Arithmetic For the Practical Man, Second Edition, by J. E. Thompson, D. Van Nostrand Company, Princeton, New Jersey, 1946. 280 pp., (hardbound).
Four out of five stars
In the foreword, the author states that this book is designed to be used for self-study or as a refresher. To me, it is clear that it is far better used as the latter. Books for self-study need to have detailed explanations with many worked examples, something not found in abundance in this book. For example, the chapter that introduces logarithms, from the introduction of exponents in calculations to the exercises at the end, only covers ten pages. The use of logarithms in performing multiplication and division consumes another ten pages before the topic is switched to ratio and proportion.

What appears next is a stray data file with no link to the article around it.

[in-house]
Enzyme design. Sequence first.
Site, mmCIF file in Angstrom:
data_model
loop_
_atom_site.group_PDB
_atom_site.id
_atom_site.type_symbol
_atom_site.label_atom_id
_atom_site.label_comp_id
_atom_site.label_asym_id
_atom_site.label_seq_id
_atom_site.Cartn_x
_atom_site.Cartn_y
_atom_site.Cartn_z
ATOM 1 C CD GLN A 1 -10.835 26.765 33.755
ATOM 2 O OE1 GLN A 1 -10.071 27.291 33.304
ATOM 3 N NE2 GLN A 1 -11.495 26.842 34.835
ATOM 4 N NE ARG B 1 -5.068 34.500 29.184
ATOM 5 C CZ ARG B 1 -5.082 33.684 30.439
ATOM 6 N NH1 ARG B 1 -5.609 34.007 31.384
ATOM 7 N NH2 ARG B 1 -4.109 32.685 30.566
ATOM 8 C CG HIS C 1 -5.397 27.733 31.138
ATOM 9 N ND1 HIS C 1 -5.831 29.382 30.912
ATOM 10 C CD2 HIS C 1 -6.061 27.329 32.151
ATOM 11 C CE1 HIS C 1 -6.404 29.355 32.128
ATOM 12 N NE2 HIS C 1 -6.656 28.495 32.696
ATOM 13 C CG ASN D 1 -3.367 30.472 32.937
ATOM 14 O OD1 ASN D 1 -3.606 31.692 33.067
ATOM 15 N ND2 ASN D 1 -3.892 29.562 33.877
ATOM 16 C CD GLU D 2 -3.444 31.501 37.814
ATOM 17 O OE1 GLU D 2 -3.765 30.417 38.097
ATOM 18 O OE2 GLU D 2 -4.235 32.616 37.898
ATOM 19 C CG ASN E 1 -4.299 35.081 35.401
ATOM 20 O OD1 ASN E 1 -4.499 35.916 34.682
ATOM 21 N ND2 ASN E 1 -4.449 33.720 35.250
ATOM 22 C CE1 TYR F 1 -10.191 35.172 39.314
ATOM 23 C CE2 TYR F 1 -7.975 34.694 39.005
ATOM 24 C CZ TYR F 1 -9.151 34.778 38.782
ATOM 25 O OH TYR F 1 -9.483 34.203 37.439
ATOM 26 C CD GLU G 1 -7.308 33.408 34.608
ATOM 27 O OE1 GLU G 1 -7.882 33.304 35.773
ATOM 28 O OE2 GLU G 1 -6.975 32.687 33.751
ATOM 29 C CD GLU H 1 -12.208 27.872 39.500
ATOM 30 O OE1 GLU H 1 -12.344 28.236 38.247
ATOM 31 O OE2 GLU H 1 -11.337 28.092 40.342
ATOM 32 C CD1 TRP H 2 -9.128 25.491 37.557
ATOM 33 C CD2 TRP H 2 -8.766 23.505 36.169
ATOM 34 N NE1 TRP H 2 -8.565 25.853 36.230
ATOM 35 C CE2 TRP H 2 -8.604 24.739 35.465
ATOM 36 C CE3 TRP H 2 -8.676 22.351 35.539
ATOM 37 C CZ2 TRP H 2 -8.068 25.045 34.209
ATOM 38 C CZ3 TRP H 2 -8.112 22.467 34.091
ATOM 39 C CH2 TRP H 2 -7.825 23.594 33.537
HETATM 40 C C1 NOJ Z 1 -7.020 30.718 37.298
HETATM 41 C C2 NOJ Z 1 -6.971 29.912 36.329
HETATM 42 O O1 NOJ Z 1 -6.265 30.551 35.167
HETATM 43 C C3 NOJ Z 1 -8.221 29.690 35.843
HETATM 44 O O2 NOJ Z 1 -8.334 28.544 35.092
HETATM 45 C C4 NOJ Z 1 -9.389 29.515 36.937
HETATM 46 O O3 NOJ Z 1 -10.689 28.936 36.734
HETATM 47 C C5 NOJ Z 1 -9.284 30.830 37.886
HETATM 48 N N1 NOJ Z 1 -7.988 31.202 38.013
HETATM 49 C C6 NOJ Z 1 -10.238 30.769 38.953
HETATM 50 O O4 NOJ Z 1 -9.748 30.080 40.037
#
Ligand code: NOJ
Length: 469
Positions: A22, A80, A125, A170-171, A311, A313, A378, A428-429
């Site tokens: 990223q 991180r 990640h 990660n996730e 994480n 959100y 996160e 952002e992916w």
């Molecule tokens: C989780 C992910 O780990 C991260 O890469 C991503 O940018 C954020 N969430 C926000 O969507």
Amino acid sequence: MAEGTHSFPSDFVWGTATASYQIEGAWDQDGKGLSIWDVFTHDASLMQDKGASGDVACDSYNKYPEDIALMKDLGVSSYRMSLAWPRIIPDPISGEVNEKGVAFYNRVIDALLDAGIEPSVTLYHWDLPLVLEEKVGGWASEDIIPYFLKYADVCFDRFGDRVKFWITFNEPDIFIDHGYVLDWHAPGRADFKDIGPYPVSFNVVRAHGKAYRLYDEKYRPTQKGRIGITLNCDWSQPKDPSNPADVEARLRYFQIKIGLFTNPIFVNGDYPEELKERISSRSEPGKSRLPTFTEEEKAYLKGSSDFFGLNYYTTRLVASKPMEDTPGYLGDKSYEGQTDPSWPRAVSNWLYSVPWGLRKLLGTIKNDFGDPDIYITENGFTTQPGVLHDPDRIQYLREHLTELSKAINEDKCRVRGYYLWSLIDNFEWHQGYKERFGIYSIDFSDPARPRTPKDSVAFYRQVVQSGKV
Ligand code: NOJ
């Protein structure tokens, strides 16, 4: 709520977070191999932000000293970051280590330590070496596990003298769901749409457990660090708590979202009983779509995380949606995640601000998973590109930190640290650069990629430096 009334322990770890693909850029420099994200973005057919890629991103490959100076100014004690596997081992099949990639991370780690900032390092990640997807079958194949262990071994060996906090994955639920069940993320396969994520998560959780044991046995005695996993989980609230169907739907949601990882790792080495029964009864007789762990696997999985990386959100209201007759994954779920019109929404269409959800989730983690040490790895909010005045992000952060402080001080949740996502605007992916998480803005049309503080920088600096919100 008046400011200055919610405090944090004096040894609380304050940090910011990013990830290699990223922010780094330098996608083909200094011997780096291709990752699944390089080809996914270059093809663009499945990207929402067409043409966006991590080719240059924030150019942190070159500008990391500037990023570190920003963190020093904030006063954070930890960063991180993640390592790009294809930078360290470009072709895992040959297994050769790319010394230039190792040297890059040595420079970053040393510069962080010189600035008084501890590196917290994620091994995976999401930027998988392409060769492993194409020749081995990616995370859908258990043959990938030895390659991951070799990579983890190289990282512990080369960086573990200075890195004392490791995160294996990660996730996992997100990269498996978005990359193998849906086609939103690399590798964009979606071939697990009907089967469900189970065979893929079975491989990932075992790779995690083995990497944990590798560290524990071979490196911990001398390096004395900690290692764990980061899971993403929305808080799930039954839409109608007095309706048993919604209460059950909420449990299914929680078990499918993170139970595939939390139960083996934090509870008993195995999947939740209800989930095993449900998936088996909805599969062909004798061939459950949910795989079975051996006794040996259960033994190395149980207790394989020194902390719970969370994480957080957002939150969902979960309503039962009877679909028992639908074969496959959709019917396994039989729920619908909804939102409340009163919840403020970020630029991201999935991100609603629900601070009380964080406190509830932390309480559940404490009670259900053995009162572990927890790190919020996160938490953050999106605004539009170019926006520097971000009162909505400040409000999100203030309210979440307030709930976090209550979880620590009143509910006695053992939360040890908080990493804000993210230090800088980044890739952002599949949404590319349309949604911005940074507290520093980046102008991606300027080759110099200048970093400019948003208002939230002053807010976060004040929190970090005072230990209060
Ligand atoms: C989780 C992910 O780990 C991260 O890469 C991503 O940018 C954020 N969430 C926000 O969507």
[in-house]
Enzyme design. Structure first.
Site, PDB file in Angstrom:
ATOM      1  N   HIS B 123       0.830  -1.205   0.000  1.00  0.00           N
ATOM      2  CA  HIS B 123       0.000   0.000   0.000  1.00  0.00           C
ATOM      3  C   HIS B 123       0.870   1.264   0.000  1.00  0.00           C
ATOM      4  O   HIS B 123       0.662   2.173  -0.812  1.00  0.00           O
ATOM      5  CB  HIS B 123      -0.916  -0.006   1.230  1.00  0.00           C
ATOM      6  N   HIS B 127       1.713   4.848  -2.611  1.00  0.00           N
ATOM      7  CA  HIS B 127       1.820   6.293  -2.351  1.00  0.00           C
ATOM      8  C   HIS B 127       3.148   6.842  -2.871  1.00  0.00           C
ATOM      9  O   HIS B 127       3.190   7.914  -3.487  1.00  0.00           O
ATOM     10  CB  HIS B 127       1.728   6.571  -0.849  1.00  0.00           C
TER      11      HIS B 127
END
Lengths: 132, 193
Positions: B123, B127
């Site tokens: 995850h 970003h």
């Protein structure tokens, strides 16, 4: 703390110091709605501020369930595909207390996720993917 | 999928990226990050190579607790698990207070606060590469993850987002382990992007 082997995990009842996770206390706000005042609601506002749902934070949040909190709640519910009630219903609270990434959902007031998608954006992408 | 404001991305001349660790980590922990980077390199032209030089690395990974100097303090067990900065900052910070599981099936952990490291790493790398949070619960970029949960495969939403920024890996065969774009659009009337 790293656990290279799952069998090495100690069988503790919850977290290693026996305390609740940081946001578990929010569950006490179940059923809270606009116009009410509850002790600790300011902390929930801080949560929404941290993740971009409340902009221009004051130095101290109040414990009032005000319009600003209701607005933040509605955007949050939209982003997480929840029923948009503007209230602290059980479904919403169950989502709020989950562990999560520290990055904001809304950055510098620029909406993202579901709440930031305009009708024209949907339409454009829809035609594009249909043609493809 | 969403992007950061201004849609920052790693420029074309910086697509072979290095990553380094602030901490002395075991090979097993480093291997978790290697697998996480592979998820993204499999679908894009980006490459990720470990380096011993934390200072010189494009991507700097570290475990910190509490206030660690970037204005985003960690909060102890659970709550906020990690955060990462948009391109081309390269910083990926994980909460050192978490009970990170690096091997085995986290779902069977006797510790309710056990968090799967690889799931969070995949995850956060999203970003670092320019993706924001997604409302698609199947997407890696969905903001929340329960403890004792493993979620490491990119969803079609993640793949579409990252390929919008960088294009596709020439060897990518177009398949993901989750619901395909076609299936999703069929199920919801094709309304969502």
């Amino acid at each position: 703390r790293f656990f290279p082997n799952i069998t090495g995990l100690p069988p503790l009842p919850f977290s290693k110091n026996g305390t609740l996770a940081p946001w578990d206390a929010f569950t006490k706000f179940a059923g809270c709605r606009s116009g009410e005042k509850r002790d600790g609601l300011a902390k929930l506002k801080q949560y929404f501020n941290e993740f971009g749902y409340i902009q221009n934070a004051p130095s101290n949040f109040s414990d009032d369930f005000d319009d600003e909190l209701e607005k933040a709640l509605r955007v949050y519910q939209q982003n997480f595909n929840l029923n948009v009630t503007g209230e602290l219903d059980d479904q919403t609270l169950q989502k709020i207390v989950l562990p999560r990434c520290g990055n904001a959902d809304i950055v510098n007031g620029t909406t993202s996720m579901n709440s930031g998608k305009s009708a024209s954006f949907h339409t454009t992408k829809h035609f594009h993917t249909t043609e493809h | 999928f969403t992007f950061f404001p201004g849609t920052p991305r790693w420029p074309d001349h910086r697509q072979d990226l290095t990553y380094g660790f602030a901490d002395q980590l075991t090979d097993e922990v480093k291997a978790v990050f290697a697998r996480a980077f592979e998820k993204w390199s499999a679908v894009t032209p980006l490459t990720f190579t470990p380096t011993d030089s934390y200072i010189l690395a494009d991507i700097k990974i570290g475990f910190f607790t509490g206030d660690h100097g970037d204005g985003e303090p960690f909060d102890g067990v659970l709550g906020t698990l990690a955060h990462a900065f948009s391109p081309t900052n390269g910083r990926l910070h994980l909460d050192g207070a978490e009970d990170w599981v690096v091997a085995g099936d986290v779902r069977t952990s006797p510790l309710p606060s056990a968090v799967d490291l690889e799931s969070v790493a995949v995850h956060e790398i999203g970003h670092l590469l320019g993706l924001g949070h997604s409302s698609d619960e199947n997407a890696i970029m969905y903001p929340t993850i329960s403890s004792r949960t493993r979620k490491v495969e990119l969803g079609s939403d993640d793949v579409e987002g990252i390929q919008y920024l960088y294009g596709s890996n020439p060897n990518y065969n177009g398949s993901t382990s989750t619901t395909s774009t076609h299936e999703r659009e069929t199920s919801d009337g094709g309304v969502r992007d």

The coverage is thorough in breadth in terms of what is considered computational mathematics. Approximating calculations, once so important when things had to be done quickly, is the topic of an entire chapter. In addition to the basics of arithmetic, there are chapters on measurements, temperature and angle measure, latitude and longitude, the properties of plane figures, graphs, and the properties of basic three-dimensional objects.
This is a book that gives the reader a look back to the days before calculators, when computing required a fundamental understanding of the properties of the operations and not just knowing the sequence of buttons to press.